Fact check: Photo of mail-in ballots is misleading, actually shows three absentee ballots for one household

Posts shared thousands of times on Facebook show an image of three mail-in ballots allegedly to the same person at the same address, implying that the mail-in voting system is not trustworthy. Upon closer inspection, it is clear that these absent voter ballots are addressed to three different people at the same Las Vegas address.

Reuters Fact Check. REUTERS/Axel Schmidt

Examples of these posts can be found here and here with a caption that reads: “When you receive 3 ballots addressed to the same person at the same address you realize the problem with mail in voting.” The image is being used in a misleading way to discredit absentee voting.  

In the U.S., households do not vote but rather registered individuals do, including those living with other registered voters. This same logic applies to those voting by mail.

Rochelle Rayray, one of the residents listed on these ballots, confirmed these letters were for her and her family, and that she has been trying to stop this mislabeled photograph’s circulation. She told Reuters her family doesn’t live at that address anymore, as the family sold the house, and she did not expect the new residents to share her personal details on social media.

As explained on the official USAGov website, “States are making it easier for citizens to vote absentee by mail this year due to the coronavirus.” The site advises, however, that “every state’s election rules are different” and that “each state has its own rules for mail-in absentee voting,” with many “still in the process of deciding how they will handle voting during the pandemic.” You can find the website for your state or local election office .  

The number of Americans voting by mail on Nov. 3 is expected to nearly double due to COVID-19. According to Reuters reporting, election experts see little reason to expect an increase in ballot fraud, despite President Donald Trump’s repeated claims (  here  ). Voting by mail is not new in the United States — nearly 1 in 4 voters cast 2016 presidential ballots that way. Routine methods and the decentralized nature of U.S. elections make it very hard to interfere with mailed ballots, experts say.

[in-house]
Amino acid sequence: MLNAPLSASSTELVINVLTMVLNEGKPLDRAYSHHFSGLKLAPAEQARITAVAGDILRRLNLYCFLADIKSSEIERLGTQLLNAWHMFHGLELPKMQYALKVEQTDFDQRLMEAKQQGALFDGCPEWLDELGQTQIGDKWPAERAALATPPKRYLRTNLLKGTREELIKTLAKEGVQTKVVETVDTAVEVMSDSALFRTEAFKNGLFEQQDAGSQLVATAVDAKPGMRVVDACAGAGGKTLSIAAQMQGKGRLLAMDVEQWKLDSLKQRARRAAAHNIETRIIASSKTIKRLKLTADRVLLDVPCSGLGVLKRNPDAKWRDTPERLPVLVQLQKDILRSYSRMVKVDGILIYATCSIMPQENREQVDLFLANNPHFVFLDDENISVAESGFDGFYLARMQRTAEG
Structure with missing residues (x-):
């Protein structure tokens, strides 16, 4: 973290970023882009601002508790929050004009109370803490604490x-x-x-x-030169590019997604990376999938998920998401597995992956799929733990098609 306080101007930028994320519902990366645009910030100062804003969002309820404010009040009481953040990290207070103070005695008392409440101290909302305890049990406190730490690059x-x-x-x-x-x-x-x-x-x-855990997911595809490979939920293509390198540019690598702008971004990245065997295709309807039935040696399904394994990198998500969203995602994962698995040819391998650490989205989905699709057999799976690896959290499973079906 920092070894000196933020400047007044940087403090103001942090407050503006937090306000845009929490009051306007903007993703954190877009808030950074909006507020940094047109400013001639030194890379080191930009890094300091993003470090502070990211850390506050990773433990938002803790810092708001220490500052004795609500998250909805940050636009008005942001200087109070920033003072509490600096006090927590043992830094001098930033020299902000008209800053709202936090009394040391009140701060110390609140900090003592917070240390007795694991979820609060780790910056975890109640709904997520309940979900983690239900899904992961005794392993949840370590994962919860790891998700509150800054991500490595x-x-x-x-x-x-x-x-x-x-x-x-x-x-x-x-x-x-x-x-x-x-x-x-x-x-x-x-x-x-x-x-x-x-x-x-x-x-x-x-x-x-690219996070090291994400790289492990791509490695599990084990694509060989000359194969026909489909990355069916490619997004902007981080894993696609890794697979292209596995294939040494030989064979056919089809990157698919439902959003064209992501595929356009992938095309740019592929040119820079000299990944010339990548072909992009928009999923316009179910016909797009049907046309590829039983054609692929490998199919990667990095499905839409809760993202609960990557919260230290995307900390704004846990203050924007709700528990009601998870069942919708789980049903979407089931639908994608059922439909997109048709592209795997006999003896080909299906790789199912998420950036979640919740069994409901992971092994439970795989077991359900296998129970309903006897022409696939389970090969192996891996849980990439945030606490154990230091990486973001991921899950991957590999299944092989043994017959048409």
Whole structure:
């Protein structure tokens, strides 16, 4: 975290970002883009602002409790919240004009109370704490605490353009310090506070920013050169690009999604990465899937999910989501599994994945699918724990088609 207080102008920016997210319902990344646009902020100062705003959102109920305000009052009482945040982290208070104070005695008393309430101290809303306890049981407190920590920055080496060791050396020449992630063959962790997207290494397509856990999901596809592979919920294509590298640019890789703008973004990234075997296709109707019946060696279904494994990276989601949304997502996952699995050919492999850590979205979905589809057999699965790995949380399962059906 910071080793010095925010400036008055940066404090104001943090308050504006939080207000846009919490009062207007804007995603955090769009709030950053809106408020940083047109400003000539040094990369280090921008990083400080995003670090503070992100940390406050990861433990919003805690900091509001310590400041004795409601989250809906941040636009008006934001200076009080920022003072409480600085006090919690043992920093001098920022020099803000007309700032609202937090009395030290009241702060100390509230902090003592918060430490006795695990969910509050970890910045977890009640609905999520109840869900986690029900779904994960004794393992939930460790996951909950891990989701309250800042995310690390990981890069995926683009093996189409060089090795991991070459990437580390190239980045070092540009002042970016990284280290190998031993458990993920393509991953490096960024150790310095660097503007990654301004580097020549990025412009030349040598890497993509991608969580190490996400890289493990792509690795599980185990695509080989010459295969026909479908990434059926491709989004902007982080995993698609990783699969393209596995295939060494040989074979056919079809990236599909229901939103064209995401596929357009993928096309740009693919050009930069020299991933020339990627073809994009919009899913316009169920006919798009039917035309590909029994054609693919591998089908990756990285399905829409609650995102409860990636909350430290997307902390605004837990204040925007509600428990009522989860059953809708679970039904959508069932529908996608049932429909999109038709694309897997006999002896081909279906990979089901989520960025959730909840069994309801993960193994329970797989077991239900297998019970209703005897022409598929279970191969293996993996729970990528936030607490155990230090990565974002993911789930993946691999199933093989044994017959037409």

Mail balloting can help minimize the long lines, faulty voting machines and COVID-19-induced staffing shortages that have plagued some elections this year. As with other forms of voting, documented cases of mail-ballot fraud are extremely rare.

In addition, turnout rates tend to be higher in states that conduct elections by mail. A Stanford University study found that participation increased by roughly 2 percentage points in three states that rolled out universal voting by mail from 1996 to 2018. It had no effect on partisan outcome and did not appear to give an advantage to any particular racial, economic, or age group.

However, mail balloting also has its drawbacks. States rejected 1% of returned ballots in 2016 for arriving too late, missing signatures or for other problems, according to U.S. Election Assistance Commission figures — though that figure was as high as 5% in some states. It can be more difficult to fix errors on mail ballots than on those cast in person, experts say.

Mail ballots can pose additional barriers to those who don’t speak English or have disabilities, and delivery can be problematic on Native American reservations, where residents sometimes don’t have street addresses. In California, which started transitioning to mail ballots in 2018, Black and Hispanic voters were twice as likely to cast their ballots in person, according to David Becker, head of the Center for Election Innovation and Research.

For additional reporting on mail-in voting, see here and here . 


Misleading. The mail-in ballots shown in this image are addressed to three different people and are not a proof of voter fraud.

This article was produced by the Reuters Fact Check team. Read more about our work to fact-check social media posts here .